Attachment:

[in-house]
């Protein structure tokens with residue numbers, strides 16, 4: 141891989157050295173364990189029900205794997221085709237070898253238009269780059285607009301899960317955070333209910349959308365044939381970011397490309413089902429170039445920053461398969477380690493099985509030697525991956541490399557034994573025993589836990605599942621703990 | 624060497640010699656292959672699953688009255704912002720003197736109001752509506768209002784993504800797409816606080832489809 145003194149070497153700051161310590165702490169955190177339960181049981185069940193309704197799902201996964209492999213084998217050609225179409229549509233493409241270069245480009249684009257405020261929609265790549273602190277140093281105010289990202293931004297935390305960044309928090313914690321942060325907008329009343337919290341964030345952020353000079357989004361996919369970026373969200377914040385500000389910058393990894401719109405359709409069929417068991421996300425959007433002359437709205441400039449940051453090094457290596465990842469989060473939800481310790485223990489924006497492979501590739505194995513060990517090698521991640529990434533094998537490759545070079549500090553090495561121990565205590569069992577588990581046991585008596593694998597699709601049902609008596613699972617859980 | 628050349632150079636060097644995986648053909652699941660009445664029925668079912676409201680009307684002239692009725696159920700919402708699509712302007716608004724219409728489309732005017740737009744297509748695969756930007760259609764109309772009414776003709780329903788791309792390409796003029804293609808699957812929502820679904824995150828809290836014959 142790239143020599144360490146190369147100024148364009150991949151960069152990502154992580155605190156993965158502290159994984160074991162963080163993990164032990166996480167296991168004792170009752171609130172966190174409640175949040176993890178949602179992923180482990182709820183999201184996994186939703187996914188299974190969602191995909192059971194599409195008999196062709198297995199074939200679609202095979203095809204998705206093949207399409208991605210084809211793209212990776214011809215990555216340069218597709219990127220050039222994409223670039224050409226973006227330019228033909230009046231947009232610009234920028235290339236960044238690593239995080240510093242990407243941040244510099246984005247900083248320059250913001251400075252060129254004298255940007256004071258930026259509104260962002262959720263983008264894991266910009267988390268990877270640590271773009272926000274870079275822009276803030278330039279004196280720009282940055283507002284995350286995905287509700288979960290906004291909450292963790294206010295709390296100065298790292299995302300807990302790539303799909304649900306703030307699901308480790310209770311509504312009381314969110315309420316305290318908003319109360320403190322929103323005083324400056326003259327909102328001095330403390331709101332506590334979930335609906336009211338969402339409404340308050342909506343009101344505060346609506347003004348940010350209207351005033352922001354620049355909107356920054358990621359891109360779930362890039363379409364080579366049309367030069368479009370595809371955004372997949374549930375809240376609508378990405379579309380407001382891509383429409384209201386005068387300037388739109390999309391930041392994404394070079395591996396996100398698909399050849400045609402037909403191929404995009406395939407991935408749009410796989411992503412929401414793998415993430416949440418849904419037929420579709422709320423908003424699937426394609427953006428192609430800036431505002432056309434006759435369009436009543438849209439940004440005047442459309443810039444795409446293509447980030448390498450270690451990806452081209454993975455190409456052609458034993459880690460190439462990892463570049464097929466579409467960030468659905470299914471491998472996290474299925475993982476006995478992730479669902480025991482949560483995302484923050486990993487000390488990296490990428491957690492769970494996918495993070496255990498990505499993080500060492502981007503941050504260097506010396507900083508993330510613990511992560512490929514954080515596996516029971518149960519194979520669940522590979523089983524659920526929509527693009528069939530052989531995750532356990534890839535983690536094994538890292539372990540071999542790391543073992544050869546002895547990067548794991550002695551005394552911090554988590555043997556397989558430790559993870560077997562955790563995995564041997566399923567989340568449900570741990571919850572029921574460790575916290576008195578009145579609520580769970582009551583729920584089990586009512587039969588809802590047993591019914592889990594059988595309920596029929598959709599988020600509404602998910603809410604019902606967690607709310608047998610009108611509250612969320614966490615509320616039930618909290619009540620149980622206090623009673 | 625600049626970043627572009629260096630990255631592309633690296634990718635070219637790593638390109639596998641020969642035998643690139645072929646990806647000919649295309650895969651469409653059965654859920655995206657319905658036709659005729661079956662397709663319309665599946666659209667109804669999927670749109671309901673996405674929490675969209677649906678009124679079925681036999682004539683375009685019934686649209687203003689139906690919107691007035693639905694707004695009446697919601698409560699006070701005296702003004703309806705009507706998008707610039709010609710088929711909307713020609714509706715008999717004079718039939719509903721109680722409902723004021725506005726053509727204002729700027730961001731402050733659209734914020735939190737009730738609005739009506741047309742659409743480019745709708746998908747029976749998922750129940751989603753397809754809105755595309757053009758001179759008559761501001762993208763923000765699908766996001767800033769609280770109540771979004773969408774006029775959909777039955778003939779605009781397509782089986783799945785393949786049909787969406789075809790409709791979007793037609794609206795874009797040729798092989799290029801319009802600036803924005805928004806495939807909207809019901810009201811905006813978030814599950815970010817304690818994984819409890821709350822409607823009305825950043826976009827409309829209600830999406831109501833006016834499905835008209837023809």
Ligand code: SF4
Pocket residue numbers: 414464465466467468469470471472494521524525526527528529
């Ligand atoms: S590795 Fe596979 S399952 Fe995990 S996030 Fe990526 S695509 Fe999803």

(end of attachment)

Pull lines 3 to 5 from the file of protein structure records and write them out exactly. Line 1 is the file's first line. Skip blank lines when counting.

Ligand code: SF4
Pocket residue numbers: 414464465466467468469470471472494521524525526527528529
């Ligand atoms: S590795 Fe596979 S399952 Fe995990 S996030 Fe990526 S695509 Fe999803």